Native Son

Native Son

Native Son Bigger Thomas has been shaped by various forces. Forces that have changed the life completely for Bigger Thomas. In Native Son, Bigger Thomas seems to be composed of a mass of disruptive emotions rather than a rational mind joined by a soul. Bigger strives to find a place for himself, but the blindness he encounters in those around him and the bleak harshness of the Naturalistic society that Wright presents the reader with close him out as effectively as if they had shut a door in his face. In the first book, Wright tells the reader “these were the rhythms of his life: indifference and violence; periods of abstract brooding and periods of intense desire; moments of silence and moments of anger — like water ebbing and flowing from the tug of a far-away, invisible force” (p.31). Bigger is controlled by forces that he cannot tangibly understand. Biggers many acts of violence are, in effect, a quest for a soul. He desires an identity that is his alone. Both the white !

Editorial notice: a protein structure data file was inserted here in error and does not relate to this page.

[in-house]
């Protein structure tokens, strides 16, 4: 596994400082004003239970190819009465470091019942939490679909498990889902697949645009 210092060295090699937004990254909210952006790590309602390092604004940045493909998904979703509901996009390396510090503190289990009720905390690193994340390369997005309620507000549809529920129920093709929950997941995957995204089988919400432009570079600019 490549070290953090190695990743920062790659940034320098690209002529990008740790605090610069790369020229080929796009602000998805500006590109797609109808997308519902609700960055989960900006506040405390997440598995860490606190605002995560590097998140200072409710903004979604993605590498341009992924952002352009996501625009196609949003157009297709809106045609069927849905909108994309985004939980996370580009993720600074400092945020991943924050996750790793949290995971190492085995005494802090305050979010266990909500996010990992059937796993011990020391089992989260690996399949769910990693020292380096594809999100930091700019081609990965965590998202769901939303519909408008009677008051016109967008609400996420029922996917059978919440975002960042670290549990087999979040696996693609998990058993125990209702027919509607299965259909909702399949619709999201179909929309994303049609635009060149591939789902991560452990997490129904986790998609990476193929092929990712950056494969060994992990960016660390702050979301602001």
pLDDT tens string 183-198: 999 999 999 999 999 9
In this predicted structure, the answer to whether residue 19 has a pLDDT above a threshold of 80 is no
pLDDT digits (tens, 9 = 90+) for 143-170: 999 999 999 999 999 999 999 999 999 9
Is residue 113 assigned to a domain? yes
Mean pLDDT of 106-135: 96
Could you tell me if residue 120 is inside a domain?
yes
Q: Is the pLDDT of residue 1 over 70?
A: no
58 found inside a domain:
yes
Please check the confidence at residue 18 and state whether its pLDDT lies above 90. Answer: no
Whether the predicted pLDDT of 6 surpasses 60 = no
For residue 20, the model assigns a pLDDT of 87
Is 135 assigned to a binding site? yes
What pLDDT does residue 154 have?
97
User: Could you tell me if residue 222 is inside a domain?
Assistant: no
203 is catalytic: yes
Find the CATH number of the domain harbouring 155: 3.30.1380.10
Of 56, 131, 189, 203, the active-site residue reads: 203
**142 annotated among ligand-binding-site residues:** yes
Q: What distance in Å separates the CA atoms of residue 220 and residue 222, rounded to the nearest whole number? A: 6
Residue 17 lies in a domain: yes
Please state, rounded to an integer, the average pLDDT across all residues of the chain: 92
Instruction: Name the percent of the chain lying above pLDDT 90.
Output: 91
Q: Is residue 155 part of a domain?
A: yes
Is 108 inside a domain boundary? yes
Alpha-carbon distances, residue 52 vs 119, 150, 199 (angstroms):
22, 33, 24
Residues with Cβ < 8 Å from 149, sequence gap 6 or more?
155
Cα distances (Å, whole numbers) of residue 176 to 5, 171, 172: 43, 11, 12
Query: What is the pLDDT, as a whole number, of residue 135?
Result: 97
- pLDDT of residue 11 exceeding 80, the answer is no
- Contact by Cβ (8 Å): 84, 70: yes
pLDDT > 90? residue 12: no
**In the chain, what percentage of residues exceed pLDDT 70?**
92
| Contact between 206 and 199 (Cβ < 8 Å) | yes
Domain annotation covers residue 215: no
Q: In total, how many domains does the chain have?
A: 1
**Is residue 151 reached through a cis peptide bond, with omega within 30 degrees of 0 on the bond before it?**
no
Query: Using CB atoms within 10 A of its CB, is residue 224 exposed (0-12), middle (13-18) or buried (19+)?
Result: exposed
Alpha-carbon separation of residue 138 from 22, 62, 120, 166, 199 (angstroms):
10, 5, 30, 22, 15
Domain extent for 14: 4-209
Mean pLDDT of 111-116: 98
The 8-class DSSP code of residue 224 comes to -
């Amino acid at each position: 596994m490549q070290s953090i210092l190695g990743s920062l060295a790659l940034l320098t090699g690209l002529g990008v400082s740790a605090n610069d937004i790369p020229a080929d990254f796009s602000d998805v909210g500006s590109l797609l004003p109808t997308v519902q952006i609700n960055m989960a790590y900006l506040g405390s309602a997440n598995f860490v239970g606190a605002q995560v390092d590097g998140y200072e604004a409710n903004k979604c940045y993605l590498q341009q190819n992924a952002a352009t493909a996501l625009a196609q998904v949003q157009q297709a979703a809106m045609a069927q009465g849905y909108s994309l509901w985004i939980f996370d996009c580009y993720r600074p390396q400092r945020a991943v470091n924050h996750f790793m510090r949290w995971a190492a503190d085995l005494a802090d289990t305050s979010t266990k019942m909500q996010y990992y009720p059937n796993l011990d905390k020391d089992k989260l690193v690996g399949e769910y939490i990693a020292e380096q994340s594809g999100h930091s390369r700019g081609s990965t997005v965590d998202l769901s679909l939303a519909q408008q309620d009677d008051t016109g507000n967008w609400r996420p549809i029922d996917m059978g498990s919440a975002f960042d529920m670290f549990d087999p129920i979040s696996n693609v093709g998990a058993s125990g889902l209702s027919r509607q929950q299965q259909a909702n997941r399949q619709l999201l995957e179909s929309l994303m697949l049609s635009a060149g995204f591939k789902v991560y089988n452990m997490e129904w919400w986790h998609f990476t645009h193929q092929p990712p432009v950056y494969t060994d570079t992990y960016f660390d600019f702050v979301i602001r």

and the black communities have robbed him of dignity, identity, and individuality. The human side of the city is closed

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